Journal of Orthopaedic Sports Physical Therapy
Abnormal scapular kinematics and associated muscle function presumably contribute to shoulder pain and pathology. An understanding of scapular kinematic and electromyographic profiles in asymptomatic individuals can provide a basis for evaluation of pathology. The purpose of this study was to describe normal 3-dimensional scapular orientation and associated muscle activity during humeral elevation. Twenty-five asymptomatic subjects, 19-37 years old, were evaluated. Digitized coordinate data and surface electromyographic signals from the trapezius (upper and lower), levator scapulae, and serratus anterior were collected at static positions of 0°, 90°, and 140° of humeral elevation in the scapular plane. The scapula demonstrated a pattern of progressive upward rotation, decreased internal rotation, and movement from an anteriorly to a posteriorly tipped position as humeral elevation angle increased. Electromyographic activity of all muscles studied increased with increased humeral elevation angles. Differences between mean values at all elevation angles for all variables were significant (p < .05), except for the lower trapezius between the 90° and 140° humeral angles. The results of this study suggest assessment of scapular tipping and internal rotation as well as upward rotation may be necessary to understand pathologies of the shoulder that are related to abnormal scapular kinematics.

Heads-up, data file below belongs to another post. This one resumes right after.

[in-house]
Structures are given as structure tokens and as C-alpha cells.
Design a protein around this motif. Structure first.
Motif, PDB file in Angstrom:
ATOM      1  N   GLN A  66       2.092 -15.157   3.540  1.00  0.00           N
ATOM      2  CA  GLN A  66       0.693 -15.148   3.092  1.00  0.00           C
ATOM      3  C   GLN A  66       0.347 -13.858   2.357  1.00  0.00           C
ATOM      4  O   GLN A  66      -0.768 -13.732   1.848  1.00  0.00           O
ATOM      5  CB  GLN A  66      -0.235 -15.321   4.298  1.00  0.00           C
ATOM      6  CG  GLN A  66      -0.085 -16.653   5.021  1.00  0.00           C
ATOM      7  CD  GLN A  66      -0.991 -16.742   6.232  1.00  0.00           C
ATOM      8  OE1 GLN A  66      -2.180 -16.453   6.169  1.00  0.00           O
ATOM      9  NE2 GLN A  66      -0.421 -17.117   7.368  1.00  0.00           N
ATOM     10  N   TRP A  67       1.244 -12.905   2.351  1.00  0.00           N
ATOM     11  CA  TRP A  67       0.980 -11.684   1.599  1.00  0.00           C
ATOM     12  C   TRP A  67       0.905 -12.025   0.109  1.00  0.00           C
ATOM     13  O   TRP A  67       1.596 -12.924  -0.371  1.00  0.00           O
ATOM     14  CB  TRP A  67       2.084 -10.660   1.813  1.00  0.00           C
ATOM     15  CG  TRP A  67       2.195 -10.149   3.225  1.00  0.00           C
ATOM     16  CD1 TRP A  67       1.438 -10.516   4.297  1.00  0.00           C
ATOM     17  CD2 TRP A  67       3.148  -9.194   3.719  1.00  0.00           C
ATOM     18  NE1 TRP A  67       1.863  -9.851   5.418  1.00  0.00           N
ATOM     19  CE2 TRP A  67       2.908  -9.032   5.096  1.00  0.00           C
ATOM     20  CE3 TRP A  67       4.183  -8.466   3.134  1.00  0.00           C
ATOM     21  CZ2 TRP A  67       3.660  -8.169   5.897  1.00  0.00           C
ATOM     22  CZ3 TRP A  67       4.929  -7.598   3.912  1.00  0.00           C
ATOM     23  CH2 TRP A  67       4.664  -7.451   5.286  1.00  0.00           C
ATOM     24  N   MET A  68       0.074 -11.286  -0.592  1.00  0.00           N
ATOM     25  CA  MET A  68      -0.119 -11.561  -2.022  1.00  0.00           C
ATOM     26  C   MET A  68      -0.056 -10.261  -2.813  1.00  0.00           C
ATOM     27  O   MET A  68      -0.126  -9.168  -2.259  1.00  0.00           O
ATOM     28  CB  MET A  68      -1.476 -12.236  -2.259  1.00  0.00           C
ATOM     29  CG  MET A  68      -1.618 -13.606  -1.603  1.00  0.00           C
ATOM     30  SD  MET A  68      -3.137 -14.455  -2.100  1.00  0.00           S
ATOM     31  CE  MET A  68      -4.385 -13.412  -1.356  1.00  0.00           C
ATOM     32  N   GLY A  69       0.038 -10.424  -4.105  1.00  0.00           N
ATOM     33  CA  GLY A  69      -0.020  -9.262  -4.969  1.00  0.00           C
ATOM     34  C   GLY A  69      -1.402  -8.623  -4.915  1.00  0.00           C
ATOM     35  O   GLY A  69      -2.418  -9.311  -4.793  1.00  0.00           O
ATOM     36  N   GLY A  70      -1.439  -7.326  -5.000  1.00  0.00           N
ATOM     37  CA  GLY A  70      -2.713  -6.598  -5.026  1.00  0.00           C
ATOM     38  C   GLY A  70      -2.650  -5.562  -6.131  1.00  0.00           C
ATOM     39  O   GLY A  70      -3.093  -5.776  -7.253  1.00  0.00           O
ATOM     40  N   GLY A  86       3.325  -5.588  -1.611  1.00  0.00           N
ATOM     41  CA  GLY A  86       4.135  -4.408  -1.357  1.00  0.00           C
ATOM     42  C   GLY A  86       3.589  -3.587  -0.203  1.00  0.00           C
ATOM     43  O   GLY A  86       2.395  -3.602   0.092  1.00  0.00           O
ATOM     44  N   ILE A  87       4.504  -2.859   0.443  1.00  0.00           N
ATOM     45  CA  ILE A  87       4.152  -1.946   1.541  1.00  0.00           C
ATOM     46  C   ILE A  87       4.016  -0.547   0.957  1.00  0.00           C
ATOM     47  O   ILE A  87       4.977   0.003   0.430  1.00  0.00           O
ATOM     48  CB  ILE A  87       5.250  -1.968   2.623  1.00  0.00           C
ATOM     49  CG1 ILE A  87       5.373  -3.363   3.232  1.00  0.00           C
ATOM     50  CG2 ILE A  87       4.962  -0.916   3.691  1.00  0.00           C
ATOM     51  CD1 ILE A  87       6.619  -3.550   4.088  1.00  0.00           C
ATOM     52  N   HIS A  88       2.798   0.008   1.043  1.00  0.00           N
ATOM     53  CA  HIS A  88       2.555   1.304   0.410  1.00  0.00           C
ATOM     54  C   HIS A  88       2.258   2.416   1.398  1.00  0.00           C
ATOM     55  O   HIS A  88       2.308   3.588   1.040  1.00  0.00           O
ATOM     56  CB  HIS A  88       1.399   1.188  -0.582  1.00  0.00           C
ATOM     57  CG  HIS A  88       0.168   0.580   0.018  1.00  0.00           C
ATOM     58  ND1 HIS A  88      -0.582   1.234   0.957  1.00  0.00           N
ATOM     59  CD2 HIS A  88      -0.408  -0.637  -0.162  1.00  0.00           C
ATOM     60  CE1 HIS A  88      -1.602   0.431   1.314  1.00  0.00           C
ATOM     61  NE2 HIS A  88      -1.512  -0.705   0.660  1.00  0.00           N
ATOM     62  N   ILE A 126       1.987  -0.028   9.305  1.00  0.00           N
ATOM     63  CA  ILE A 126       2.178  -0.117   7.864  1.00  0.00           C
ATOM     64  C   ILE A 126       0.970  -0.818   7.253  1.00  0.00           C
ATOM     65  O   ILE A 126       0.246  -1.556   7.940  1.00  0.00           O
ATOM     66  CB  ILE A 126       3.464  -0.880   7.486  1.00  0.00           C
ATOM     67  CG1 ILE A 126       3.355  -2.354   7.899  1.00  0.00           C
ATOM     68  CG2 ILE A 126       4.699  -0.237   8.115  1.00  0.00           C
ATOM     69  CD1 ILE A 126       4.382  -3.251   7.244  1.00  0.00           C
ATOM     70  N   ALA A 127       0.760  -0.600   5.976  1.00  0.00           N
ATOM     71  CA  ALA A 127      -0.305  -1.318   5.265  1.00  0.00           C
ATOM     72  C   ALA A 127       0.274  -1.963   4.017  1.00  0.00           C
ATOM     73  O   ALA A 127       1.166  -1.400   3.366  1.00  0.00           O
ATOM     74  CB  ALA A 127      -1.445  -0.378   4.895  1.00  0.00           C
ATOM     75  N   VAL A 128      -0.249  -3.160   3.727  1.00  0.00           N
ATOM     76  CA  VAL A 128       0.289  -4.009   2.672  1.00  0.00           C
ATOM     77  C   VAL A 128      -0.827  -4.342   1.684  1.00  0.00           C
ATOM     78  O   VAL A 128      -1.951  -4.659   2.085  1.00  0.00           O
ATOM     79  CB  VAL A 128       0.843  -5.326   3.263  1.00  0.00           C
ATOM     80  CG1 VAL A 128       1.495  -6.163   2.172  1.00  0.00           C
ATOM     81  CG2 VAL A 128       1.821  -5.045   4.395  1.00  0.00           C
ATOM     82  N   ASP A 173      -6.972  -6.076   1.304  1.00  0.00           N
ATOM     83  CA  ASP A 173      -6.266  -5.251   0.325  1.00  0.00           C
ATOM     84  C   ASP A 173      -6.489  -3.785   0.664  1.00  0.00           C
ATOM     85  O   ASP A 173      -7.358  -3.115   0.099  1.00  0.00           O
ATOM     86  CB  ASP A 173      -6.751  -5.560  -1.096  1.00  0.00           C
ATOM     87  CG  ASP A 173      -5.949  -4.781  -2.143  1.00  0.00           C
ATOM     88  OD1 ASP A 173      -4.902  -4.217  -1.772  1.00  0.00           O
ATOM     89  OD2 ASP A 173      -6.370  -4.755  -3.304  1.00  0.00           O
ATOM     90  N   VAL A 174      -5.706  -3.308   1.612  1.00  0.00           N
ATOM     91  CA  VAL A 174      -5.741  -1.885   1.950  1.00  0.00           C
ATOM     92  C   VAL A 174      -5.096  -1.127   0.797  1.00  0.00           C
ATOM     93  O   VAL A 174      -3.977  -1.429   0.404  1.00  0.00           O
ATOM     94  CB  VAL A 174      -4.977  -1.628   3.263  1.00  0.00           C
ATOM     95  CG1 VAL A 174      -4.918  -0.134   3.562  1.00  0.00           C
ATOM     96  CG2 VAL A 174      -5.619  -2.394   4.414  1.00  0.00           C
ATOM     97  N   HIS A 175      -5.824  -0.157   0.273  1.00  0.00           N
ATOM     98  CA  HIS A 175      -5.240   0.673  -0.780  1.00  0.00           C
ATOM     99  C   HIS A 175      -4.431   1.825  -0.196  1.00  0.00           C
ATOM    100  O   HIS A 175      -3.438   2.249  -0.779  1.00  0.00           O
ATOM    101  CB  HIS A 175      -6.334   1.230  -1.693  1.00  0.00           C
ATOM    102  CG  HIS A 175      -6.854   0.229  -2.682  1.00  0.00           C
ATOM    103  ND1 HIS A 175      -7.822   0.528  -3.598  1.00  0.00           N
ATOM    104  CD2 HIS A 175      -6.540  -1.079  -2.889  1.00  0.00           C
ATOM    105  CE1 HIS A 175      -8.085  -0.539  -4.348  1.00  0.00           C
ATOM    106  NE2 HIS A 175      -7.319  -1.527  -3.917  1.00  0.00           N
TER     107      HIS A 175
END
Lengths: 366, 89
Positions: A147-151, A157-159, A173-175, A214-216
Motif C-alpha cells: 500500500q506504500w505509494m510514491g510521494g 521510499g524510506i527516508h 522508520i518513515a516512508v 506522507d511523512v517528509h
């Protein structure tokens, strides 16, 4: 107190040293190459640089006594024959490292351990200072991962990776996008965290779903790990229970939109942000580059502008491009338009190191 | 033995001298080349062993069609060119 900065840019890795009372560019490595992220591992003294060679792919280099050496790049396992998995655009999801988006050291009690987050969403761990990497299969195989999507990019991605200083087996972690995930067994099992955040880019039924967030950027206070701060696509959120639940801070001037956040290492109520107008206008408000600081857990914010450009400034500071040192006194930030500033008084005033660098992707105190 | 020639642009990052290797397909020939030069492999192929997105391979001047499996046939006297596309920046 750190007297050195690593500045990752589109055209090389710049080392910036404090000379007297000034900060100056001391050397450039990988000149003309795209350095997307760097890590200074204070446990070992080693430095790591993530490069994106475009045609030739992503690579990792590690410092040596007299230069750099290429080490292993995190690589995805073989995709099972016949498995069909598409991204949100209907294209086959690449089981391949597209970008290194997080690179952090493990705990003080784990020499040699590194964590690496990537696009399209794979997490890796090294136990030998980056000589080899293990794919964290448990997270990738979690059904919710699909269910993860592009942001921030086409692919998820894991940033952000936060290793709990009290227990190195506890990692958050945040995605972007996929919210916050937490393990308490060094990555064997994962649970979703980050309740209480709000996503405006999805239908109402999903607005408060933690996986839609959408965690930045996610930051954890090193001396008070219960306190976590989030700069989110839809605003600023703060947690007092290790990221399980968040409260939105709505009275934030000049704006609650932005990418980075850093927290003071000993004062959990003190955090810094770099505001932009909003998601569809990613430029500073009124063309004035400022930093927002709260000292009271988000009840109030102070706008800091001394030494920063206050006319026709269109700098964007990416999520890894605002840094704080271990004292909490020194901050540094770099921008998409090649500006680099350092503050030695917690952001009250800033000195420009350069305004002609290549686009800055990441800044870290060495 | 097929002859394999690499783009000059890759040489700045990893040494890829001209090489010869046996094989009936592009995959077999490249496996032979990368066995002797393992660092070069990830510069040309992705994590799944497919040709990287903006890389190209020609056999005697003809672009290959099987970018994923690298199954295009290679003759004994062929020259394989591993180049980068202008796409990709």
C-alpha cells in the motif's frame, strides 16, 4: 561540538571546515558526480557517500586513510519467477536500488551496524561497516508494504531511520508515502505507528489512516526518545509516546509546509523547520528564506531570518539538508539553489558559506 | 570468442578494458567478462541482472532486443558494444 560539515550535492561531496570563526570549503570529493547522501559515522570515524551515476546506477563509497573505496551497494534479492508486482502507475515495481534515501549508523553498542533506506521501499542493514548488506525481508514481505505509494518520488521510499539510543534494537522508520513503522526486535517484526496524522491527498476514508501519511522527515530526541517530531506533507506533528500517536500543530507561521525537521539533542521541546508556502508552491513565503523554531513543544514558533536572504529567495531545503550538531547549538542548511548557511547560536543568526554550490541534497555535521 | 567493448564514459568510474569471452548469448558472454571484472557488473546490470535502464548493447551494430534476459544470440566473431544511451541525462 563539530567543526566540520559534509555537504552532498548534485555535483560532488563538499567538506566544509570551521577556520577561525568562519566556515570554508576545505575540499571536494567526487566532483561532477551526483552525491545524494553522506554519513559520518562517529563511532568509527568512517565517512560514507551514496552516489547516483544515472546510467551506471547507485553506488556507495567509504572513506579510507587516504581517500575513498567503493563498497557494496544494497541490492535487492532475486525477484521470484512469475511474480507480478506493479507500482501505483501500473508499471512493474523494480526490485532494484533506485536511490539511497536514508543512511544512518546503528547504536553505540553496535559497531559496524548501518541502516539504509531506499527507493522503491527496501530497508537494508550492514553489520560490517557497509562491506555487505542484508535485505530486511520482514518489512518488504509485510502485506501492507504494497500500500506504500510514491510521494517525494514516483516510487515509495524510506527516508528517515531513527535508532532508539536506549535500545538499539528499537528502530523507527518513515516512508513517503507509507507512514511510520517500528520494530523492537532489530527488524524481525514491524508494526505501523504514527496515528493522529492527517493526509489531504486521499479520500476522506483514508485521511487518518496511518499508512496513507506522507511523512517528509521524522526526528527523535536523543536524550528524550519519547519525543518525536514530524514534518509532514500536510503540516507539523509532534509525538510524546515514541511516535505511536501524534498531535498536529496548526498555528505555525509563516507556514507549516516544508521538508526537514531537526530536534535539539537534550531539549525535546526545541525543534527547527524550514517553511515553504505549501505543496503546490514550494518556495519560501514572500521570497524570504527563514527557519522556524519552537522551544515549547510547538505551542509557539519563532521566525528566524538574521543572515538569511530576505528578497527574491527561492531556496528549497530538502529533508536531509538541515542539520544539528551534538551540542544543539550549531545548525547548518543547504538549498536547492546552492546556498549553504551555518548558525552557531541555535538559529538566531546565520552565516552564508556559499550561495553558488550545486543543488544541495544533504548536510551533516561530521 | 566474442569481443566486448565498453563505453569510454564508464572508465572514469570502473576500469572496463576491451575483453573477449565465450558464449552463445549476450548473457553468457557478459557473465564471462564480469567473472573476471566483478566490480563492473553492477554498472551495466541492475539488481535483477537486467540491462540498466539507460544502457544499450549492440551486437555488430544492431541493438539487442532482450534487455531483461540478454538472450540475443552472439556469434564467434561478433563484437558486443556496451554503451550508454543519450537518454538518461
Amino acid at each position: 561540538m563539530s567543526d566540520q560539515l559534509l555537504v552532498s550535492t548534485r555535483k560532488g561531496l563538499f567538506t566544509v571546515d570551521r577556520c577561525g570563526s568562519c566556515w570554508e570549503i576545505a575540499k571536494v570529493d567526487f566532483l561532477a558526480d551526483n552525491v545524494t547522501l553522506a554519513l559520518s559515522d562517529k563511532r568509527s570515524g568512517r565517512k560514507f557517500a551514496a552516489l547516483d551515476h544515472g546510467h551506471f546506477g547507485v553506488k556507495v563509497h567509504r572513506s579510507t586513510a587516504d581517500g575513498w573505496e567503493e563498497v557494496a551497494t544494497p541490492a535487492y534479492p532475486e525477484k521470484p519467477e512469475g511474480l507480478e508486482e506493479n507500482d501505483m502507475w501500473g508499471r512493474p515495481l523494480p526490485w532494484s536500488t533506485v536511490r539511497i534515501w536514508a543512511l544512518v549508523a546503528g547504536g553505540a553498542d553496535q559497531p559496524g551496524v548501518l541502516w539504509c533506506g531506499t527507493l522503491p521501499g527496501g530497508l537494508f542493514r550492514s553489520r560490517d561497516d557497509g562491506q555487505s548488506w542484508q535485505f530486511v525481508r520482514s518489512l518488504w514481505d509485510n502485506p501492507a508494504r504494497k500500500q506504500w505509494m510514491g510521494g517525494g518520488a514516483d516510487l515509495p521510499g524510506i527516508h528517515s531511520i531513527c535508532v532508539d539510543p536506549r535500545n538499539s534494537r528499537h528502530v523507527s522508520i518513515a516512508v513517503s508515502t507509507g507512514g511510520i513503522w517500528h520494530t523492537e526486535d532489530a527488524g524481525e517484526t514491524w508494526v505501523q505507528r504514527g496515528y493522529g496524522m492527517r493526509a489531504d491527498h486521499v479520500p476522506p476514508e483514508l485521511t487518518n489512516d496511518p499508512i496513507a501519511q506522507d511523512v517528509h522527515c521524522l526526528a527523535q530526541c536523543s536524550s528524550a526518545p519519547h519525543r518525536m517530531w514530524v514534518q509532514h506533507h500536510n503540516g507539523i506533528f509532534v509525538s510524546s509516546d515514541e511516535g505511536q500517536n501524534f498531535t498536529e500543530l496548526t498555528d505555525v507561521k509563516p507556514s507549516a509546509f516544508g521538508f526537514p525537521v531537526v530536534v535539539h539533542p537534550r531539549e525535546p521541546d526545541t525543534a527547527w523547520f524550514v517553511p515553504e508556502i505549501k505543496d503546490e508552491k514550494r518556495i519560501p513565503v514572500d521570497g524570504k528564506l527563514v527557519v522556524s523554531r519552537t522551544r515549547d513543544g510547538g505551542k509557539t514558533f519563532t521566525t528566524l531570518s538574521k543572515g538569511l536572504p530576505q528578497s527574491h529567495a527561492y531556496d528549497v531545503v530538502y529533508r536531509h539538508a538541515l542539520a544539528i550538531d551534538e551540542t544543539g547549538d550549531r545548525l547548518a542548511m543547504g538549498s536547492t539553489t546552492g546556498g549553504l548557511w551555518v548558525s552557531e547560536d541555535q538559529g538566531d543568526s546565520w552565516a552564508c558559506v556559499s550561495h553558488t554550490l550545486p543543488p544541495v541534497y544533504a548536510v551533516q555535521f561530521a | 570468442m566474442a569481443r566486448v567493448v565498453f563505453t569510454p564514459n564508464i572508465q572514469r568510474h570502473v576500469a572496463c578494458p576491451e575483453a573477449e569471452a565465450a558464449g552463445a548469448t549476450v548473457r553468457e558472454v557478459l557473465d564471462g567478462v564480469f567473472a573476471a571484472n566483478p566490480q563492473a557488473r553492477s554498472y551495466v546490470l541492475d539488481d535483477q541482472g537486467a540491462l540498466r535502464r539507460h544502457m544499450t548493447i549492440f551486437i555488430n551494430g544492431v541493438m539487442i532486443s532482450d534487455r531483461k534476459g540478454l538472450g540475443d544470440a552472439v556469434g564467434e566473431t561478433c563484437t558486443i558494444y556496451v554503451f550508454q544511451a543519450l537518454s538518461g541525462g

Published Article/Book Citation
The article was published in J Orthop Sports Phys Ther , 24:2 (1996), pp. 57-65. http://http://www.jospt.org/issues/articleID.922,type.2/article_detail.asp
Author Posting. Copyright © JOSPT and the Orthopaedic and Sports Physical Therapy Sections of the American Physical Therapy Association. This article is posted here by permission of the publisher for personal use, not for redistribution.
Ludewig PM, Cook TM, Nawoczenski DA. Three-dimensional scapular orientation and muscle activity at selected positions of humeral elevation. J Orthop Sports Phys Ther 24(2):57-65, 1996.